while d(e) > 126 % using while as if we use ‘if’ statement it will only execute once but we need execution untill the value comes in the limit

d(e) = d(e)-95 % if number is greater than 126 so wrap around by adding (126-32+1=95) we use +1 as we need next number not the same number

while d(e) < 32 % using while as if we use if statement it will only execute once but we need execution untill the value comes in the limit

d(e) = d(e) + 95 % if number is less than 32 so wrap around by subtracting (126-32+1=95) we use +1 as we need next number not the same number

## Encryption 101: Keys, Algorithms and You

In today’s world, understanding at a minimum basic level how to protect data you’re both storing and transmitting is essential to your business’ survival. information technology professional Mike Chapple shows how to protect confidential information via encryption, and teaches the basics when it comes to selecting an encryption technology.

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*Encryption* provides the ability to use mathematical algorithms to protect the confidentiality and integrity of information transmitted via insecure means or stored in an insecure location. While the detailed mathematics underlying encryption may be intimidating, the basic concepts are quite accessible, and all technology professionals should have at least a basic understanding of how encryption provides these security benefits.

In this article, we take a look at how you can use encryption algorithms to protect confidential information and prove to a recipient or third party that you are the undeniable sender of a message. You’ll also learn the basic principles that should guide the selection of an encryption technology.

## Encryption and Decryption

Encryption takes cleartext data and uses a mathematical algorithm, in conjunction with an encryption key, to convert it into a form that is only readable by someone who knows the algorithm that was used and has access to the proper decryption key. This encrypted data is often referred to as the *ciphertext*. The encryption algorithm may be from one of two classes: symmetric algorithms and asymmetric algorithms.

### Symmetric Encryption

In a *symmetric encryption algorithm*, both the sender and the recipient use the same key (known as the *secret key*) to encrypt and decrypt the message. One very basic symmetric encryption algorithm is known as the *rotational cipher*. In this algorithm, the sender simply “adds” the key to each character of the cleartext message to form the ciphertext. For example, if the key is 2, “A” would become “C”, “B” would become “D”, and so on. The recipient would then decrypt the message by “subtracting” the key from each character of the ciphertext to obtain the original message.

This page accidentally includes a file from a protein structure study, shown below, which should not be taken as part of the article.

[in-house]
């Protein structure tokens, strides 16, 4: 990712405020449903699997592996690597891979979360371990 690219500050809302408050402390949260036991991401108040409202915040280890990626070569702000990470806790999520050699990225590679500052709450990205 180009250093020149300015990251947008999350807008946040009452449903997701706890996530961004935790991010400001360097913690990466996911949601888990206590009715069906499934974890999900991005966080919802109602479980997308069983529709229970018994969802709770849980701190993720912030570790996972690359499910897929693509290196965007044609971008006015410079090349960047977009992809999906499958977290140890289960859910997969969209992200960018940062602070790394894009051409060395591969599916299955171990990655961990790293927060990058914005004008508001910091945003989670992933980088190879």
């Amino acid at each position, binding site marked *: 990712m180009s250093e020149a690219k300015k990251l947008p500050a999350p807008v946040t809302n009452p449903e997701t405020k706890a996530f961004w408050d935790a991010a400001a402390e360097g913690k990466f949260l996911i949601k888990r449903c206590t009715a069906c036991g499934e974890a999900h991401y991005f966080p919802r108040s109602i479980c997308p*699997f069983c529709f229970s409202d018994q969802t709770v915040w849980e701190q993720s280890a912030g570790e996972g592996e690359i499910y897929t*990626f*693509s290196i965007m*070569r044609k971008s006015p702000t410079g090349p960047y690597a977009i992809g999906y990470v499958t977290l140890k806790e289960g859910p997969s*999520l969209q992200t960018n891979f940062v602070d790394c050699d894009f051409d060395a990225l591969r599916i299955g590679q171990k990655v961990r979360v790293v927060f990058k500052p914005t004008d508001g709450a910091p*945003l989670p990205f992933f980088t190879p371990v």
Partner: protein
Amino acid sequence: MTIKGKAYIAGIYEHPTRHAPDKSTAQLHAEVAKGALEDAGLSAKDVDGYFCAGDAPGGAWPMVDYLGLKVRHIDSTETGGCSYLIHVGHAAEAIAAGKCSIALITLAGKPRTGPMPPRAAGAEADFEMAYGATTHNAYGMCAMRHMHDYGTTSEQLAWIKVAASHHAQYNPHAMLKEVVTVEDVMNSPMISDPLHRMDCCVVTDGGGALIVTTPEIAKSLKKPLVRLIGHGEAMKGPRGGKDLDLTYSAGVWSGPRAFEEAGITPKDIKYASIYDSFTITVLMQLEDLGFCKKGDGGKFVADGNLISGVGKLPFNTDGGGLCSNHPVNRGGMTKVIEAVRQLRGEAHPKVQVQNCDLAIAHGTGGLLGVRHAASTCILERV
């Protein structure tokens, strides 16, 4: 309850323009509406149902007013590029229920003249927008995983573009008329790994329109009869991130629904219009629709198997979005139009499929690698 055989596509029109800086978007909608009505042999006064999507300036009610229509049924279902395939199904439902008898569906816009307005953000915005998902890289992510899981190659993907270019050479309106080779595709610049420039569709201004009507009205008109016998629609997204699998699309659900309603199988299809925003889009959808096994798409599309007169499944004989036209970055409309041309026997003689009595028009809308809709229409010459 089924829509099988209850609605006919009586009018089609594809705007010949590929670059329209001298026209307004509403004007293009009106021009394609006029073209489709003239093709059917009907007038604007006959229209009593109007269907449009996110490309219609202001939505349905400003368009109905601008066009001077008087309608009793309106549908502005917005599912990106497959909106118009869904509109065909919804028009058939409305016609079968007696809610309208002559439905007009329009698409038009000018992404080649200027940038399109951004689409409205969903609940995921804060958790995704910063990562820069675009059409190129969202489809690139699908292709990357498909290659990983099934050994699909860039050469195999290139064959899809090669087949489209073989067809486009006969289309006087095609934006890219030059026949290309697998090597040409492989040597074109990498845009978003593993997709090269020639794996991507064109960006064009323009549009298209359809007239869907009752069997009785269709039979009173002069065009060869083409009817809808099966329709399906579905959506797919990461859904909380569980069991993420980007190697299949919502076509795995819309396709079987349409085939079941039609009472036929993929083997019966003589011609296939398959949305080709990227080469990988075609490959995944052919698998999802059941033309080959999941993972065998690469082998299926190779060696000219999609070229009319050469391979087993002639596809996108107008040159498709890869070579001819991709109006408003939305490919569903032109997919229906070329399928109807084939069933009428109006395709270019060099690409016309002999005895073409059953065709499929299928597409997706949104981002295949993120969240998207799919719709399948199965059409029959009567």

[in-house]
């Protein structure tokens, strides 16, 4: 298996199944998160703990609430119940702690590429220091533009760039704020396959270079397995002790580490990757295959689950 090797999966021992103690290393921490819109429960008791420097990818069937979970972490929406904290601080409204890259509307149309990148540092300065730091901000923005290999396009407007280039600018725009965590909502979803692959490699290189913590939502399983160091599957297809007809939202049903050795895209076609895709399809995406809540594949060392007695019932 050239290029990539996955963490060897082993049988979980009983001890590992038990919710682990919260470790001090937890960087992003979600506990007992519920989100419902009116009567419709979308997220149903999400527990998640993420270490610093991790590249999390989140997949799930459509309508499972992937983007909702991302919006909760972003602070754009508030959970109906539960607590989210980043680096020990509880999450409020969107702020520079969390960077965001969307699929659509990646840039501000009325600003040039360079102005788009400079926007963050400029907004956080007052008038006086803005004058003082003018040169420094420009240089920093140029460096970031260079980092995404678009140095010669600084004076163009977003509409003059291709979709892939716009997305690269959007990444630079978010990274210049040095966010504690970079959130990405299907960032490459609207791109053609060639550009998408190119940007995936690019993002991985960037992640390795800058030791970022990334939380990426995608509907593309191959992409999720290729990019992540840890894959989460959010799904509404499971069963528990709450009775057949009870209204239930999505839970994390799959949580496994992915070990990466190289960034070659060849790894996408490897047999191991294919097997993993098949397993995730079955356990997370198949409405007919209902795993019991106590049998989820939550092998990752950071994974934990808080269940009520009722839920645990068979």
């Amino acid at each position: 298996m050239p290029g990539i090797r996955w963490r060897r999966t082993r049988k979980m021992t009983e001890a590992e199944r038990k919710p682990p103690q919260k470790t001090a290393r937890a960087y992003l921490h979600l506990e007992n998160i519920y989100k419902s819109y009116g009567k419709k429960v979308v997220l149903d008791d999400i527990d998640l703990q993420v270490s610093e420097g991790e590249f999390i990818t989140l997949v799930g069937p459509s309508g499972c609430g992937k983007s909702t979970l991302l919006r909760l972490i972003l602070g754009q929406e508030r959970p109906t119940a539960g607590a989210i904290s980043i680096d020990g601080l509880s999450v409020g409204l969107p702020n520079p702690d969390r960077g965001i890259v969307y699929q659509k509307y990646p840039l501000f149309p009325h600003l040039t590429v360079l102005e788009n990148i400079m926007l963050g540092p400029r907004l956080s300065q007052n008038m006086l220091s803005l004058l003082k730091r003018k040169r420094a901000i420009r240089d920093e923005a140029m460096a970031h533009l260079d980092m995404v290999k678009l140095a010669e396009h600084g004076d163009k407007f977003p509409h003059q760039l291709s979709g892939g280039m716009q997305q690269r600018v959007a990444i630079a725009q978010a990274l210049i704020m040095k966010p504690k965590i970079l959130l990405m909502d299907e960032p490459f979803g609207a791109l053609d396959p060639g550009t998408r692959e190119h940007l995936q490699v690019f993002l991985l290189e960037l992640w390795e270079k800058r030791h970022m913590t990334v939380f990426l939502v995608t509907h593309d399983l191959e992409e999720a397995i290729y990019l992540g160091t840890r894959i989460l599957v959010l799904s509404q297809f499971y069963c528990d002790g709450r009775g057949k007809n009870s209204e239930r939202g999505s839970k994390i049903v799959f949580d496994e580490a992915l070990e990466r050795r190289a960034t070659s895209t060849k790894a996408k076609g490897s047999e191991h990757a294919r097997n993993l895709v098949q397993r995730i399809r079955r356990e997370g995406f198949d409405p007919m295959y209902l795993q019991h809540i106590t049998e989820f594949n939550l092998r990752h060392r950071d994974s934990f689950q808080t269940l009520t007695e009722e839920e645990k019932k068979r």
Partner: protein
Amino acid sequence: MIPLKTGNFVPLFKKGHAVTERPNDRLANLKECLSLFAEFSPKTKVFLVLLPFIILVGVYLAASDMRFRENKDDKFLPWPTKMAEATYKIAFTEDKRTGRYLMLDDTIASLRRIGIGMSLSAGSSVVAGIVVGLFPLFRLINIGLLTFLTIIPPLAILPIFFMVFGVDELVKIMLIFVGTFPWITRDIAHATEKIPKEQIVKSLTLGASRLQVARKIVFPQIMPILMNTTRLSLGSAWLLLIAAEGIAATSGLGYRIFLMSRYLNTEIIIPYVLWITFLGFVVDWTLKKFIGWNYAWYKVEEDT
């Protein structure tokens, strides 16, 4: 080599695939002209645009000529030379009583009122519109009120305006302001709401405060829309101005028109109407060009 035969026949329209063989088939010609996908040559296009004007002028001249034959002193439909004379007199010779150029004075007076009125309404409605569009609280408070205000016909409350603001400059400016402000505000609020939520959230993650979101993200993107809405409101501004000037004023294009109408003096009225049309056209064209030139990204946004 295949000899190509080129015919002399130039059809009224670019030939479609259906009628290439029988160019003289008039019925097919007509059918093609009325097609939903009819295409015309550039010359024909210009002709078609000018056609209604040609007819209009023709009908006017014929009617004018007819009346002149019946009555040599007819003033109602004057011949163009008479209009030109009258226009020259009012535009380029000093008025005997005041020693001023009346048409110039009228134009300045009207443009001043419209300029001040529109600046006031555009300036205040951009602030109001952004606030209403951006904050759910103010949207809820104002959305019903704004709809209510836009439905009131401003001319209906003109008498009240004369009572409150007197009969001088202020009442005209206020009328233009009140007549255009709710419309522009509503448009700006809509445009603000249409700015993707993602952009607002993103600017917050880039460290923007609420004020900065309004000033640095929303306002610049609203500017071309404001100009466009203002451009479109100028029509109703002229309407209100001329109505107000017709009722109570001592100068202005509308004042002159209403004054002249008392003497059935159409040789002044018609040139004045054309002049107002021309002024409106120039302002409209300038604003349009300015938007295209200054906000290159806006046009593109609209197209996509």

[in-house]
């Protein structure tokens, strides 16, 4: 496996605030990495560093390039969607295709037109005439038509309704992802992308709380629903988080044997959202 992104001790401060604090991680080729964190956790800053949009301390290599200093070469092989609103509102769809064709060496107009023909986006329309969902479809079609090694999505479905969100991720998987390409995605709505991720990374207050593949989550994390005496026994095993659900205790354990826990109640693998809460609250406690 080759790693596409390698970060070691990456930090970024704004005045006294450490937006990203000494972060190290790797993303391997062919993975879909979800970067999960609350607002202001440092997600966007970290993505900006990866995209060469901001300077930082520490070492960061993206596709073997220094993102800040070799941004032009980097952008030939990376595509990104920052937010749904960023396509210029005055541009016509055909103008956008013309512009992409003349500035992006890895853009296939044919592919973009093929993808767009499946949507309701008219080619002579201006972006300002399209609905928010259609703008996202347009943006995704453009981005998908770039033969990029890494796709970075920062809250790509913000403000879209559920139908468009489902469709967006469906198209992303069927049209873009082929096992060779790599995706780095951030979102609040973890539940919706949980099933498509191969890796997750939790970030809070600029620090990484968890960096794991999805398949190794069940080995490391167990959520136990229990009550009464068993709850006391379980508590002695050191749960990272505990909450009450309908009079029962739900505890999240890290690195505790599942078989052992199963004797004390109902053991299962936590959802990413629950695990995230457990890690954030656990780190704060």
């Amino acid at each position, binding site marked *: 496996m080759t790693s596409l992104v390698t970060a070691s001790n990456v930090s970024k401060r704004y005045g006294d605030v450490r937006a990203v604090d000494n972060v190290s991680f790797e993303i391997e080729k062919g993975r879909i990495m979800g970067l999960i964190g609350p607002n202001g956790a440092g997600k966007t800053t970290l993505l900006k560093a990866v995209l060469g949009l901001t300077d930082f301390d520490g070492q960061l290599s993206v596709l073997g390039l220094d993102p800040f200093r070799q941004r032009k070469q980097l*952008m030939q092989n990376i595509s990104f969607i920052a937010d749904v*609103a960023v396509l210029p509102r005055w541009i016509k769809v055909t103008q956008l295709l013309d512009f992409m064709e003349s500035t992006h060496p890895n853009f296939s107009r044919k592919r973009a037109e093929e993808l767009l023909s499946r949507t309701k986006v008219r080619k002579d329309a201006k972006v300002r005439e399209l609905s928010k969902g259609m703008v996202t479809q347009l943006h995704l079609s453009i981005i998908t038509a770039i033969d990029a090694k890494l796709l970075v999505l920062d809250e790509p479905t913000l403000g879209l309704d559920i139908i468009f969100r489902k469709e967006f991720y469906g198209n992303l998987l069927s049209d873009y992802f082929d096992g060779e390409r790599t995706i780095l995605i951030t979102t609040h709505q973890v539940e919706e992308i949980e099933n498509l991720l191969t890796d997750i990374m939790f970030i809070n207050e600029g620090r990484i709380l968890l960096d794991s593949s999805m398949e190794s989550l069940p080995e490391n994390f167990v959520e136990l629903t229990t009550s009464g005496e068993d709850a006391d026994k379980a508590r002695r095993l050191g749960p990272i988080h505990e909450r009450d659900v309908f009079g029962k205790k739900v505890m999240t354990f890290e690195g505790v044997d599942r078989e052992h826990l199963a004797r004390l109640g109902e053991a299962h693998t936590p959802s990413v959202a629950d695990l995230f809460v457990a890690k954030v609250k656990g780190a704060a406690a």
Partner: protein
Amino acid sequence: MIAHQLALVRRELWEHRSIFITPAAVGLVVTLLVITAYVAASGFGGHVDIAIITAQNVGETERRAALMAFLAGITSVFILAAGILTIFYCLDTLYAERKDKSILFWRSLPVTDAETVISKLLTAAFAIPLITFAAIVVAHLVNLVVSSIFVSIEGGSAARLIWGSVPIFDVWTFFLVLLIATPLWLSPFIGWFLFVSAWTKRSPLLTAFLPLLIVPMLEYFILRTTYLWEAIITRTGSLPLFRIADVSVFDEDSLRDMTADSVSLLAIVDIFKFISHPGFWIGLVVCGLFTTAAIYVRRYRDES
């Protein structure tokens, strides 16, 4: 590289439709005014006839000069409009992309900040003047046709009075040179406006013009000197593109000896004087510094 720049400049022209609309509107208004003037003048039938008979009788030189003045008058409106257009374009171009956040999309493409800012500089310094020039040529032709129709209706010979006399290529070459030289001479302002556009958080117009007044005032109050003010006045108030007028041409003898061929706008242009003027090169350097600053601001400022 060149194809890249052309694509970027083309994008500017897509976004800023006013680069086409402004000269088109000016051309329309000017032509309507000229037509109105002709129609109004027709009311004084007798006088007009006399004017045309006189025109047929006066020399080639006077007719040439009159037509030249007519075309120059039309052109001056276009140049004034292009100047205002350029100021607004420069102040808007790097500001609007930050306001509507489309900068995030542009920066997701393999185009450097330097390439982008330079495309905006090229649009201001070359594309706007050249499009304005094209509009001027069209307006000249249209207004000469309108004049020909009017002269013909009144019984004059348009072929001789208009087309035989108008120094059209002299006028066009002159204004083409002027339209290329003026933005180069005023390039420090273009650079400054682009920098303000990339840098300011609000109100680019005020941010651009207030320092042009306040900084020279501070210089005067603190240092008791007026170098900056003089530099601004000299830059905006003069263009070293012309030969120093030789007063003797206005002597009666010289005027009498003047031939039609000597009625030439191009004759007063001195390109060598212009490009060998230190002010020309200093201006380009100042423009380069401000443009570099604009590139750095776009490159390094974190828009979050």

Let’s work through a brief example where we take the word “APPLE” and encrypt it with a key of 4 using this simple algorithm:

Cleartext: A P P L E Key: 4 4 4 4 4 Ciphertext: E T T P I

Of course, modern symmetric encryption algorithms are far more complex, making use of sophisticated combinations of substitution (changing one letter for another) and transposition (rearranging the letters of a message). You may be familiar with some of these algorithms. The Data Encryption Standard (DES), Advanced Encryption Standard (AES), Blowfish, and Twofish are all examples of symmetric algorithms.

### Asymmetric Encryption

In an *asymmetric encryption algorithm*, the sender and recipient use different keys to encrypt and decrypt a message. Each participant in the cryptosystem has a pair of keys assigned to him: a public key and a private key. The *public key*, as the name implies, is treated as public information and shared with all users of the encryption system. The *private key*, on the other hand, is a closely guarded secret that should be known only to its owner. Messages encrypted with one key from a public/private pair may only be decrypted with the other key from that pair.

When encrypting a message with an asymmetric algorithm, the sender encrypts the message with the recipient’s public key (which, again, is known to everyone). This creates a message that only the intended recipient can decrypt, because he or she is the only person with access to the corresponding private key necessary to decrypt the message. Even the sender can not decrypt the message that he or she created once it is encrypted with the public key belonging to another user.